Coronavirus and on-site, near-site health clinics

The 2020 coronavirus outbreak has changed the way the country’s workforce goes to work. When the pandemic hit in the spring, employees who were able to work from home scrambled to set up spaces and technology to be able to do so. Employers made decisions on essential employees and remote guidelines. The coronavirus has also impacted the way on-site and near-site health clinics operate for the safety and well-being of those employees.

During “normal” times, about 17 percent of US employees worked from home at least 5 days a week. Once the pandemic hit, that number soared to 44 percent. By September, the number of employees teleworking leveled off somewhat at 22.7 percent. These numbers reflect those employees who were able to do their work from home.

Prior to the pandemic, on-site and near-site health clinics offered convenient healthcare for a company’s employees, and often for the employees’ families. Approximately 17 percent of US employers with at least 500 employees offer primary care through such clinics. However, during the coronavirus outbreak, these clinics face challenges not only because employees are working from home – and the clinics are no longer convenient – but also because of the need to maintain the healthcare protocol designed to protect staff and patients.

Elation Health has published a COVID-19 Resource Guide to help you stay on top of the latest developments and focus on your patients.

Just as employers are discovering a need to manage their workforce in new ways given the restrictions and precautions currently in place, they also now must communicate with their employees about how they are dealing with issues such as access to healthcare.

Some communications best practices for employer clinics include:

  • Establish an emergency response command task force — all departments represented, reporting to the C-suite.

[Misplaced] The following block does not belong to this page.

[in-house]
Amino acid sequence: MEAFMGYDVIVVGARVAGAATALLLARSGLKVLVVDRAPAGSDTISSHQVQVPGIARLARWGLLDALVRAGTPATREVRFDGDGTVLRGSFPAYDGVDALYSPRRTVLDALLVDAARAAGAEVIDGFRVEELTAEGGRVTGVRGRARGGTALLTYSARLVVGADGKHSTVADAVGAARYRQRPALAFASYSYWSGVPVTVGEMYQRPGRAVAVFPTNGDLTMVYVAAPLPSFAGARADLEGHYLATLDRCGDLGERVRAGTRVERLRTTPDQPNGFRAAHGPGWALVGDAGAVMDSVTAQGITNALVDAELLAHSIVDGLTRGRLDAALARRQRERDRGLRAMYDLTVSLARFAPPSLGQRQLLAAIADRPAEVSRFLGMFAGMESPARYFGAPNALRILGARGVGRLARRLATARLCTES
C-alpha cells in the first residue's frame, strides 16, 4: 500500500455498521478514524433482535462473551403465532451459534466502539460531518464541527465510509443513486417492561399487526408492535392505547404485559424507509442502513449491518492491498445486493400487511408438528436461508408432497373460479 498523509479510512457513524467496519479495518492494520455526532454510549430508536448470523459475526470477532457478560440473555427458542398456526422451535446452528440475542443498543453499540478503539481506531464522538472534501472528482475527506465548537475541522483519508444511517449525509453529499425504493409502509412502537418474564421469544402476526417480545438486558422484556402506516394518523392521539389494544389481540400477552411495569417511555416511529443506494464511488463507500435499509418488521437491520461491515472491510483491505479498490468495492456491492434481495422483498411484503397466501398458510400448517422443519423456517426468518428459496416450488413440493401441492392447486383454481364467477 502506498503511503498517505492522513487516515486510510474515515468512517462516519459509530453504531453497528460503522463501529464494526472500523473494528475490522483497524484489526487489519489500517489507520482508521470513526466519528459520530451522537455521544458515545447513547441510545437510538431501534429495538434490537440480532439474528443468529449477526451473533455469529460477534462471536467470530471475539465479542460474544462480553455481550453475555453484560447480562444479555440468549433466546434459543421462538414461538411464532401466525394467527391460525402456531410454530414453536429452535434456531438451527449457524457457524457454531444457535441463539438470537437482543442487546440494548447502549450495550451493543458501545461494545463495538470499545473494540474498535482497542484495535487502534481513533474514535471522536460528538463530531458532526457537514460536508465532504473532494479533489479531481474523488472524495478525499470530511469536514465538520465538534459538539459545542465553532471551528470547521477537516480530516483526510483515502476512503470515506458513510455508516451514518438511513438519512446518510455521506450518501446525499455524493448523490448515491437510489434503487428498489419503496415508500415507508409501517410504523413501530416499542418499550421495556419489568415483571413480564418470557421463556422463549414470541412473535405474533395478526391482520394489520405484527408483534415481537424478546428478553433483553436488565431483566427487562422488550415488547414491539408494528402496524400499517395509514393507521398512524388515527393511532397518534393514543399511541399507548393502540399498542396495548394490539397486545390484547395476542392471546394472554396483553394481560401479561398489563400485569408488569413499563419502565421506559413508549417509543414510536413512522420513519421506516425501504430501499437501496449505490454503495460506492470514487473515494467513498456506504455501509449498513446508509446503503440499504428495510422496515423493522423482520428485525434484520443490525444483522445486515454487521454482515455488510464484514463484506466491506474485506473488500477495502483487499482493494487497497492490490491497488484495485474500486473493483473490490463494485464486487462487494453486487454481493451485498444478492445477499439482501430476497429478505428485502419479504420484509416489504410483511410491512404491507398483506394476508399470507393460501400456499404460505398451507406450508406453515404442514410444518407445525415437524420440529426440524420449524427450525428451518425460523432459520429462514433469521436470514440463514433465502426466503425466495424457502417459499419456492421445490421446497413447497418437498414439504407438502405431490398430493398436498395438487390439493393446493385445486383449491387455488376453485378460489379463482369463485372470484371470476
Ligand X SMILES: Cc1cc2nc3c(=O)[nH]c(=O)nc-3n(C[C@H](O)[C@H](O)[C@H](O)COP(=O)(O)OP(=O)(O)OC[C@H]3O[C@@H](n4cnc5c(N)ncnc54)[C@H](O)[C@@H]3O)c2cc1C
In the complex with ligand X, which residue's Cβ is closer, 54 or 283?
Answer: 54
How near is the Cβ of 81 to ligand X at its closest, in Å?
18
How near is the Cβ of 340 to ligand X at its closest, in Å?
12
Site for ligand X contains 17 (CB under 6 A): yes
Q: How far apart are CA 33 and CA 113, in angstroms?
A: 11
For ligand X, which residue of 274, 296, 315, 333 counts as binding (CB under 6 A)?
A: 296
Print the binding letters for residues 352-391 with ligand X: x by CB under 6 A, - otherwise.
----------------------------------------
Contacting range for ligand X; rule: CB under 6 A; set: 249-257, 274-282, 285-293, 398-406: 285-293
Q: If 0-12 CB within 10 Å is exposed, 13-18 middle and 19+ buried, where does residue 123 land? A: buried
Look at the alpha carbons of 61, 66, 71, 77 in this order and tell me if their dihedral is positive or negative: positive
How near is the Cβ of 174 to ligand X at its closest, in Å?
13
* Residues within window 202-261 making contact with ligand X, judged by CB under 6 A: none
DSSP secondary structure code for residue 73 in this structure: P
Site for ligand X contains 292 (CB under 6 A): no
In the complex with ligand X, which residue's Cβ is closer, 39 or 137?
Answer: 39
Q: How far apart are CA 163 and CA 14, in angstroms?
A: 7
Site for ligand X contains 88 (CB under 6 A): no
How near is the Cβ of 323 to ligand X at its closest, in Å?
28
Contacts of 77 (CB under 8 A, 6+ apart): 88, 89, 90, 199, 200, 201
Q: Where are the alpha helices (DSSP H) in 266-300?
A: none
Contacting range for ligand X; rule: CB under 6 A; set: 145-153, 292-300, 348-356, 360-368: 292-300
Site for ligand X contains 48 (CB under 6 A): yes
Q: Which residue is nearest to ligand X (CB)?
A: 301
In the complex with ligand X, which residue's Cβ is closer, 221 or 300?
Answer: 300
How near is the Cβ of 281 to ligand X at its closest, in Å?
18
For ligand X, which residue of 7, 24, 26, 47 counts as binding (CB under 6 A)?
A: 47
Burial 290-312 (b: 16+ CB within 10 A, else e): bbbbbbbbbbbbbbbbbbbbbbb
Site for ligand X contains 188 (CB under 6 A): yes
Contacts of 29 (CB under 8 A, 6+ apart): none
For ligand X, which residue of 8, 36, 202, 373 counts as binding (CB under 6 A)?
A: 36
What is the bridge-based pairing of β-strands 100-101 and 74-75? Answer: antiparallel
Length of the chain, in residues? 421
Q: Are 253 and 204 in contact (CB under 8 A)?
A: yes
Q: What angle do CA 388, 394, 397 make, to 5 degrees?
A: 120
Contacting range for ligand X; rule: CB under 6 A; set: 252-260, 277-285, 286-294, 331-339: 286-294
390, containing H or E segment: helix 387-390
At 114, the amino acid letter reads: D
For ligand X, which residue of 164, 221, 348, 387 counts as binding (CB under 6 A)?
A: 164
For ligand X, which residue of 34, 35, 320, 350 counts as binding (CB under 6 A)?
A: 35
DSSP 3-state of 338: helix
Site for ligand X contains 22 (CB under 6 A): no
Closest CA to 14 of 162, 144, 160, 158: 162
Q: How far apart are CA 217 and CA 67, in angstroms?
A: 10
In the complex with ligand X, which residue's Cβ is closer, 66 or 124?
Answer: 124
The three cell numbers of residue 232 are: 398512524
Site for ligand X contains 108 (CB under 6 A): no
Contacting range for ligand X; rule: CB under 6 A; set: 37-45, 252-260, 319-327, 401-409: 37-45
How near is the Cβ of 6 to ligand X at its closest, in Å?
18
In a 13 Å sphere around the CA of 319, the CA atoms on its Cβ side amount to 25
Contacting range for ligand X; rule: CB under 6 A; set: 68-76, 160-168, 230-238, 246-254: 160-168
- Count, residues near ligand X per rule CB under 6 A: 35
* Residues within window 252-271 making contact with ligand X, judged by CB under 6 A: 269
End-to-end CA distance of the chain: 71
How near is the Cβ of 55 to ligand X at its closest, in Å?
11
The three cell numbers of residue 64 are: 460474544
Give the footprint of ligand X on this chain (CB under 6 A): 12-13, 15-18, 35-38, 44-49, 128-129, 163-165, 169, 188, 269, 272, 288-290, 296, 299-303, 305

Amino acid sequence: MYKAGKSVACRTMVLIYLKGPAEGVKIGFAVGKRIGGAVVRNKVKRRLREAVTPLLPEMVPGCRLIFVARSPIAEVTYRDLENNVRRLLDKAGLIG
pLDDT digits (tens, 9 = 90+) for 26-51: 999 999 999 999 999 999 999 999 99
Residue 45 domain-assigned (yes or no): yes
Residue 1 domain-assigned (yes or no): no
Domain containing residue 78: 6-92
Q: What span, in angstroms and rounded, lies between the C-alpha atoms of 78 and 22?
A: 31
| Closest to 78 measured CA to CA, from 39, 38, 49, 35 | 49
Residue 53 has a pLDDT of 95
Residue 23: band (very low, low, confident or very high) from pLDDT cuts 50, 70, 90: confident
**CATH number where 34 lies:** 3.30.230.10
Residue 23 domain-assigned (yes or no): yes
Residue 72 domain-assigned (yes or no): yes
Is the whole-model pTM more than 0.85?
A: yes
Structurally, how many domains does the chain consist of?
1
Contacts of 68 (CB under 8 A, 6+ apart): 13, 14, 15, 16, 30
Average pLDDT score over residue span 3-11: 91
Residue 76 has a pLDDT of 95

• Establish a clinical response team, physician led — a team of clinicians who can track Centers for Disease Control and Prevention (CDC) and World Health Organization (WHO) information and summarize and distribute it to employees. 
  • Communicate with the employee population regularly via a patient app
  • Post information on the intranet and include information for appointment scheduling, the nurse call hot line, and telehealth. 
  • Educate employees on slowing the number of patients to not overwhelm the health care system.    
  • Track lessons learned for post-pandemic response debriefing and process improvement. 

Many clinics are now offering telehealth services, are conducting pre-screenings via phone calls, and are offering pop-up screening sites. They are also finding that they must reschedule preventive services that would require employees to travel to the clinic, risking further exposure.

In April, Larry Boress, Executive Director, National Association of Worksite Health Centers (NAWHC) provided guidance on best practices for employers regarding their on-site and near-site clinics, including:

  • Assign a single point person to relay consistent messaging.
  • Monitor the CDC’s website for guidelines and recommendations.
  • Maintain rigorous cleaning and sanitizing above and beyond normal processes.
  • Operate separate exam rooms for triage of cold and flu patients, including separate doors and rooms for consultations. Provide clear instructions to employees for when and how to use separate areas.
  • Set up an educational voicemail message to help employees self-triage based on symptoms and provide communication about next steps to take for further evaluation.
  • Maintain privacy practices and HIPAA requirements.
  • Alert local and state health agencies if there is a suspected case of COVID-19.
  • Identify local testing sites and develop connections for referrals.
  • Review and update existing procedures and be flexible and adaptable to CDC changes or changes based on events in their surrounding area.

In addition, there are new ways the clinic vendor can provide valuable resources during the coronavirus pandemic. Along with staff members, the clinic vendor staff can help:

  • Create a centralized taskforce to identify the best emergency preparedness actions.
  • Review return to work and sick leave policies.
  • Consider how best to support high-risk staff identified through prior interaction with the clinic.
  • Formulate a communication strategy for virus update information through company intranet, mailings, email, and external website.
  • Establish a response team to disseminate information to staff and executives.